Adam Ramsay for openDemocracy with an important piece on the imperial continuations of the British army in Northern Ireland; published in 2019 this is an important piece to commemorate the 50th anniversary of 'Bloody Sunday'.

The most influential humanitarian you’ve never heard of
It also made me examine a core development belief, one that I have argued for myself: that one needs to be working in a place long enough to make a difference. Gersony frequently didn’t stick around long in many of the places he worked. Approaching a place anew meant he didn’t look at it with prefilled assumptions – something to contemplate in aid contracting in the Pacific where there can be a reflex to engage old island hands again and again.
Gordon Peake for DevPolicy Blog with a book review that reflects some of my own thoughts I shared about this great book.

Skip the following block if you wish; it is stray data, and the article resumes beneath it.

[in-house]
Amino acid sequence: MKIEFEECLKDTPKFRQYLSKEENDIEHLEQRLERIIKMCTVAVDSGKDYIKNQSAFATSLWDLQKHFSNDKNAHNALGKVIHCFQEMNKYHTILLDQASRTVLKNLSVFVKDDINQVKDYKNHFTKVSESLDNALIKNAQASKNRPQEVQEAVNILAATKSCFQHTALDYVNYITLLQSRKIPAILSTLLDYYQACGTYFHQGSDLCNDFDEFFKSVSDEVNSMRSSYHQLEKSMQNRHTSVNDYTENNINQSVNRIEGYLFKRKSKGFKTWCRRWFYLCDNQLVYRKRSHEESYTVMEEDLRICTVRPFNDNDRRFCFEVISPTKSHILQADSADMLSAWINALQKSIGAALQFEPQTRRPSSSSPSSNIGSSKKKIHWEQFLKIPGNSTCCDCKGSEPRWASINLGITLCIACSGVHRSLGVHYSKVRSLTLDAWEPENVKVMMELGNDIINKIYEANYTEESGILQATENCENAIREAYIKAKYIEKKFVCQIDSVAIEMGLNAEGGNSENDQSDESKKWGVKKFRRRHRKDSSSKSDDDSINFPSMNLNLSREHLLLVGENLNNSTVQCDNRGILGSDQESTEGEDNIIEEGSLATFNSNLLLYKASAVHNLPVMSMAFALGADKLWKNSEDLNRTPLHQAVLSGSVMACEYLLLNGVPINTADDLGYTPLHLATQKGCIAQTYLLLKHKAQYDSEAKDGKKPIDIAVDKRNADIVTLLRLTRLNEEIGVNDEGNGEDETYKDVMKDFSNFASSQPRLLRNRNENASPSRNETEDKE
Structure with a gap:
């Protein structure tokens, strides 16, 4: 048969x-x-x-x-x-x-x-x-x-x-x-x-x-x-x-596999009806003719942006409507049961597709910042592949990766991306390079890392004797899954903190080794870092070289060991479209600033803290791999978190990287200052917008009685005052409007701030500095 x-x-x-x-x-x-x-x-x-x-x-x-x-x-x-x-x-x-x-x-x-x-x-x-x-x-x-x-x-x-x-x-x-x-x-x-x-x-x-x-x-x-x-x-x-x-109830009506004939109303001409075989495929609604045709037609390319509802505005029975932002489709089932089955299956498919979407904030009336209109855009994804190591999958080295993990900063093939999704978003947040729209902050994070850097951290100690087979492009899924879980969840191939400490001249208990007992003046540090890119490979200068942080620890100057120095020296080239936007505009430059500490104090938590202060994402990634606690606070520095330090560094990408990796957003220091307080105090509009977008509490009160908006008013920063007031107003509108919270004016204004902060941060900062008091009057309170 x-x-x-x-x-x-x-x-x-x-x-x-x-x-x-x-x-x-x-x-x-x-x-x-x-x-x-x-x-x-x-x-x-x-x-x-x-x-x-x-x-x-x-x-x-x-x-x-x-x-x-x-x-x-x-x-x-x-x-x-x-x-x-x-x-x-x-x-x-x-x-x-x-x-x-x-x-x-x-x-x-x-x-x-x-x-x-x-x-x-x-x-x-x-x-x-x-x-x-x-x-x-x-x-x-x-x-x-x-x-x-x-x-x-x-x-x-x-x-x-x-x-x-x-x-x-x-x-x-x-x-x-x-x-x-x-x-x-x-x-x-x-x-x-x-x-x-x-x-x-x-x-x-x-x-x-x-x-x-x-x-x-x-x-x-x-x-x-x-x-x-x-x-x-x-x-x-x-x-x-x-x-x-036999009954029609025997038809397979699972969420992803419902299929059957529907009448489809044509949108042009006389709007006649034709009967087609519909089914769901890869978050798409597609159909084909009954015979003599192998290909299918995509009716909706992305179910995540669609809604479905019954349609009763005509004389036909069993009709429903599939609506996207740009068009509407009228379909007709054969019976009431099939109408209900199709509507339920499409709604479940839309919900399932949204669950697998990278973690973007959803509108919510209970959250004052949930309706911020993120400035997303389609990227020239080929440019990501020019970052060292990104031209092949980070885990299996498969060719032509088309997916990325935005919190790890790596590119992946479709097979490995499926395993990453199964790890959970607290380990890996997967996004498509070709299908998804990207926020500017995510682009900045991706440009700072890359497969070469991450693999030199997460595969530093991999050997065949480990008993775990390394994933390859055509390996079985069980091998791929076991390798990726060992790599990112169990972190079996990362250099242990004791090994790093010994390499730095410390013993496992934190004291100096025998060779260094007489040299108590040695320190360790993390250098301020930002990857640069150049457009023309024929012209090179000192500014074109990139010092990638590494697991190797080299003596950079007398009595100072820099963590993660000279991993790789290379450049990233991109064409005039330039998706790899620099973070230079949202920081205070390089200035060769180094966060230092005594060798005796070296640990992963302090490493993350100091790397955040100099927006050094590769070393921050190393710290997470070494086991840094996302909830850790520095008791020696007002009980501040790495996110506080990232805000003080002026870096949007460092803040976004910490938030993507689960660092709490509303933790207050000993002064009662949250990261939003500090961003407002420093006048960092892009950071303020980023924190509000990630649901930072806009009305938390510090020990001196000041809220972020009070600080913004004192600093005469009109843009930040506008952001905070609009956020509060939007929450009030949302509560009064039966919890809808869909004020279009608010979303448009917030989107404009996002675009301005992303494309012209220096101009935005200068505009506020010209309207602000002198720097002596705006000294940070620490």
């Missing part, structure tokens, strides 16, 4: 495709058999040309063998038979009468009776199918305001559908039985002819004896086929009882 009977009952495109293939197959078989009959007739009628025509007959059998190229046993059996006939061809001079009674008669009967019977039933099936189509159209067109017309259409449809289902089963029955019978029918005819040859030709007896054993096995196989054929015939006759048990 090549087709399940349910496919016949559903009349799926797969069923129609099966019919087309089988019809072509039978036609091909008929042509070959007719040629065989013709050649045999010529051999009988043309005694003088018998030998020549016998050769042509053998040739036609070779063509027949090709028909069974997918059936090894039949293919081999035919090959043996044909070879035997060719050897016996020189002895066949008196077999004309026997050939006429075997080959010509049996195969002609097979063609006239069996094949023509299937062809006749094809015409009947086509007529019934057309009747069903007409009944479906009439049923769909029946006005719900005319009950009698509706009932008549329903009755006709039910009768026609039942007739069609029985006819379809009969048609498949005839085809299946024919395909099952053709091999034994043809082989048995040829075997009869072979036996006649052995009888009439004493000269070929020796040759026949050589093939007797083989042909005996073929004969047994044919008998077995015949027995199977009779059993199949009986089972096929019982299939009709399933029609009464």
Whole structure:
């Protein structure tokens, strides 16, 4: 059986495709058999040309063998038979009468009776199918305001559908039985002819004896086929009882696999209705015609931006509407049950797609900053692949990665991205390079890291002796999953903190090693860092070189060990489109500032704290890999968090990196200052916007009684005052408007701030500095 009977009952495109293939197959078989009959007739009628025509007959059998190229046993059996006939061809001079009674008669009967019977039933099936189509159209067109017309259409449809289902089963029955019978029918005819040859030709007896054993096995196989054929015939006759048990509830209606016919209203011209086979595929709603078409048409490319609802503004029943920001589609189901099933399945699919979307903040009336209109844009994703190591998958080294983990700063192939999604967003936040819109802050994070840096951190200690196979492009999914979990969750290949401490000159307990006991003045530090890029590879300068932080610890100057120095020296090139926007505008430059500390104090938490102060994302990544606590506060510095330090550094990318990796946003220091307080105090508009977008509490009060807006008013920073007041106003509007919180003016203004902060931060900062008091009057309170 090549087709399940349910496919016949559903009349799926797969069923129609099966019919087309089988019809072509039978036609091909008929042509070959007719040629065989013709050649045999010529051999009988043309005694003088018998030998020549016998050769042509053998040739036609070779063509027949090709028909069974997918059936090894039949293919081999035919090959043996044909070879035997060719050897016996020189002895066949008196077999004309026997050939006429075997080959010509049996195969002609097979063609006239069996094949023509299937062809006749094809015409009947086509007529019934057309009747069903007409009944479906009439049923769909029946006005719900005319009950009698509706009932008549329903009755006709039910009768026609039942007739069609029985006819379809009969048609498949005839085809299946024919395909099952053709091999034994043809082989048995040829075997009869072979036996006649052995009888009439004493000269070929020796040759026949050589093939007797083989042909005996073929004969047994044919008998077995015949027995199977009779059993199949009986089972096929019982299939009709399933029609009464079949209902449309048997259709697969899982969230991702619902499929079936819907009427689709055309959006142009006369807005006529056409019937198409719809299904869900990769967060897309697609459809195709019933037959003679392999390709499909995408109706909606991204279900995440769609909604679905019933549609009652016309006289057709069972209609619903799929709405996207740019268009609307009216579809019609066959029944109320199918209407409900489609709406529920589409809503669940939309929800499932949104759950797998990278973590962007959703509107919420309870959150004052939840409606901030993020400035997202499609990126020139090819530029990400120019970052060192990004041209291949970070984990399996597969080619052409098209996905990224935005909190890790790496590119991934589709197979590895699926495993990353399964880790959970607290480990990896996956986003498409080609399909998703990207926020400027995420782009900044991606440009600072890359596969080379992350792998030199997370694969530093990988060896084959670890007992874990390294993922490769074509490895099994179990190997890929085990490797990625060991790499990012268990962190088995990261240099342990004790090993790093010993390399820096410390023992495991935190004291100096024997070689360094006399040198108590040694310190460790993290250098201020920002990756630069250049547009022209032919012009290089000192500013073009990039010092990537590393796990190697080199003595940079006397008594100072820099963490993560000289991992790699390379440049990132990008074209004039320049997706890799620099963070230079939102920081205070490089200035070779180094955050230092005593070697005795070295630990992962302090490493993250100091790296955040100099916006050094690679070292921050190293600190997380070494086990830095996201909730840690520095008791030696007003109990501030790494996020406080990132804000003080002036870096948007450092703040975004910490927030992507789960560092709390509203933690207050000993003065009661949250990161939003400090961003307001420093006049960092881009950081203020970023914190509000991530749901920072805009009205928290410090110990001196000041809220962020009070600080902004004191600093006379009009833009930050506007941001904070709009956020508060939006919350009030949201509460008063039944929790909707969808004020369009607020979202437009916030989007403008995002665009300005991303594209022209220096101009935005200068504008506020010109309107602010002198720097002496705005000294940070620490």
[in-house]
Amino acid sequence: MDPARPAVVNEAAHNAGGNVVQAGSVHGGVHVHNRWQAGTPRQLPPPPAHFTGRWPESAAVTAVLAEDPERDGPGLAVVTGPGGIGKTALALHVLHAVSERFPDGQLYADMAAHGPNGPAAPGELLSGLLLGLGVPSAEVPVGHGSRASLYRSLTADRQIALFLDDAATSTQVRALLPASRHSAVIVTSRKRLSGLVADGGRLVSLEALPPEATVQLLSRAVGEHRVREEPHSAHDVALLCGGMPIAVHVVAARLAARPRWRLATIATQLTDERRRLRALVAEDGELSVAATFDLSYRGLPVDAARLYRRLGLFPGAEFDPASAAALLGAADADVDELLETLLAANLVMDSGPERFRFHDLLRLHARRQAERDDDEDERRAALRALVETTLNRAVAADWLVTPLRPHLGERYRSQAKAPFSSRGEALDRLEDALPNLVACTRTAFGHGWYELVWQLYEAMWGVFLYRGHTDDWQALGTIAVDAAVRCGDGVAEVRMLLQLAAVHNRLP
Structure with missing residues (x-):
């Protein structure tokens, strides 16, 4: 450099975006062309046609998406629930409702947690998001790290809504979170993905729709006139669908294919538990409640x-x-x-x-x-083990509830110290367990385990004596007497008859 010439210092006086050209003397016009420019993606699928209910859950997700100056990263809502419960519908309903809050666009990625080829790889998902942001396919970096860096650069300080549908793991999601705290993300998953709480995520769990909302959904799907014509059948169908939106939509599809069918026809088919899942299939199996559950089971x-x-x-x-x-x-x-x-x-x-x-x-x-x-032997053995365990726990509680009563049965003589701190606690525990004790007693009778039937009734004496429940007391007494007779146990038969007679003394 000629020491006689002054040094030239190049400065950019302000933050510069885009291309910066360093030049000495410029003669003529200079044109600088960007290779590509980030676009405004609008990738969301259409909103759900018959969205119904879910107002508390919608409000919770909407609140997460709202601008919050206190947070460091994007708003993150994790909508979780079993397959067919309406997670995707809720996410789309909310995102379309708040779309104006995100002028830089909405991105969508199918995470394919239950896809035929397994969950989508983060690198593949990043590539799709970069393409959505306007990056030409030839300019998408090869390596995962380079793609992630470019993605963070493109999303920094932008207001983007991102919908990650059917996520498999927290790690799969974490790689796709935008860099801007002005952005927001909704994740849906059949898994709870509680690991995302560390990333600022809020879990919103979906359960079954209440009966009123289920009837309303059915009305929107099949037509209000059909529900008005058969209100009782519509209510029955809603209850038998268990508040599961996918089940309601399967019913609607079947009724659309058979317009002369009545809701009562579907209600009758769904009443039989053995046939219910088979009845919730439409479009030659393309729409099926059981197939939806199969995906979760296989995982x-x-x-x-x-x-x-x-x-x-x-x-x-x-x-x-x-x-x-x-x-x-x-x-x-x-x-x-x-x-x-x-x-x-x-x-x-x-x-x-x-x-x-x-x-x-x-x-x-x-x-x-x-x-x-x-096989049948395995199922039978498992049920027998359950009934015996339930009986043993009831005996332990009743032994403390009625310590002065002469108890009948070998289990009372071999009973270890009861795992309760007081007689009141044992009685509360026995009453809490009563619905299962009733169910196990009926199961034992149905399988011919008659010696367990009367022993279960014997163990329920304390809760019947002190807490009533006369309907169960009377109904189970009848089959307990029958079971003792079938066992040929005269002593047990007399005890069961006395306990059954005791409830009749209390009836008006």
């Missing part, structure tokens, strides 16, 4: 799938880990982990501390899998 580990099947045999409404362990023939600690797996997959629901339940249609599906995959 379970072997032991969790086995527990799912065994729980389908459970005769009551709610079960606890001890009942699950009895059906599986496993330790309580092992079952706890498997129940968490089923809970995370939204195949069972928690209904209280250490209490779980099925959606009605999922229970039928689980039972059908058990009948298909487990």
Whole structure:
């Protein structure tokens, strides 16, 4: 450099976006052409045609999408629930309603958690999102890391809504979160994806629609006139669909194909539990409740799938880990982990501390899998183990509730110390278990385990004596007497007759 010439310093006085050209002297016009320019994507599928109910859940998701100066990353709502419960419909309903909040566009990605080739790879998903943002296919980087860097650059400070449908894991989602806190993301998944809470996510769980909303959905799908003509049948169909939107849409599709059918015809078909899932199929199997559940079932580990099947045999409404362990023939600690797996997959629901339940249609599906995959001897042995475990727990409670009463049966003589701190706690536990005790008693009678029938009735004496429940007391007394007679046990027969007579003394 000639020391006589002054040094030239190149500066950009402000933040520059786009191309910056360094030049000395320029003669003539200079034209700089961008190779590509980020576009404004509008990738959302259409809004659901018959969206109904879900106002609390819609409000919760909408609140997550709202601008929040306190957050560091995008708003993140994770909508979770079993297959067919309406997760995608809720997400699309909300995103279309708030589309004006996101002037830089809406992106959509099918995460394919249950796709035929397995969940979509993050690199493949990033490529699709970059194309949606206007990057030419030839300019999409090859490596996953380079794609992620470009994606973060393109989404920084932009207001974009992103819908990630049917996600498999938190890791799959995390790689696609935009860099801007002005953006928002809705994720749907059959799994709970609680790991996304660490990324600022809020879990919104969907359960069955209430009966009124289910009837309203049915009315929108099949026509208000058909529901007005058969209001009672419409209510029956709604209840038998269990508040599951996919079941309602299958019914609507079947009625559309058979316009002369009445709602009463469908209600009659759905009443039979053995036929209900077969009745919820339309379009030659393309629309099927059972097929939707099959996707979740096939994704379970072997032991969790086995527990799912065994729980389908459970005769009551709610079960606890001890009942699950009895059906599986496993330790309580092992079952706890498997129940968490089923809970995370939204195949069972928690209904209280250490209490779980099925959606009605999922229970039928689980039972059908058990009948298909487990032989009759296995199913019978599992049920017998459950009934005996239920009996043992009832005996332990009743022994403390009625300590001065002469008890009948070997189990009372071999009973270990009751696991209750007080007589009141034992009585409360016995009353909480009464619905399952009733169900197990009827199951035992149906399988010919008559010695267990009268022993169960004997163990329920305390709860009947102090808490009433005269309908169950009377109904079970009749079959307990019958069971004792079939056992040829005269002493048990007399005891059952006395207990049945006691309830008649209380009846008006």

Publications
Humanitarianism: race and the overrepresentation of ‘Man’
Such reframings aim at decentring huManitarianism beyond the institutionalised focus on localisation concerned with the nationalities of humanitarian workers, instead centring local knowledge(s), and opening a space for multiple humanitarianisms unmoored from anchorage in European headquarters and knowledge systems. Finally, and importantly the alter-historical geography offered by Wynter’s “human view” can be read as a necessary move towards justice that recognises the violence at the heart of whiteness and its anti-Black and Indigenous negation and refuses the white innocence of “we’re all part of the human race crap”.
Polly Pallister-Wilkins with an open access article for Transactions of the Institute of British Geographers.

Towards a modest imaginary? Sanitation in Kampala beyond the modern infrastructure ideal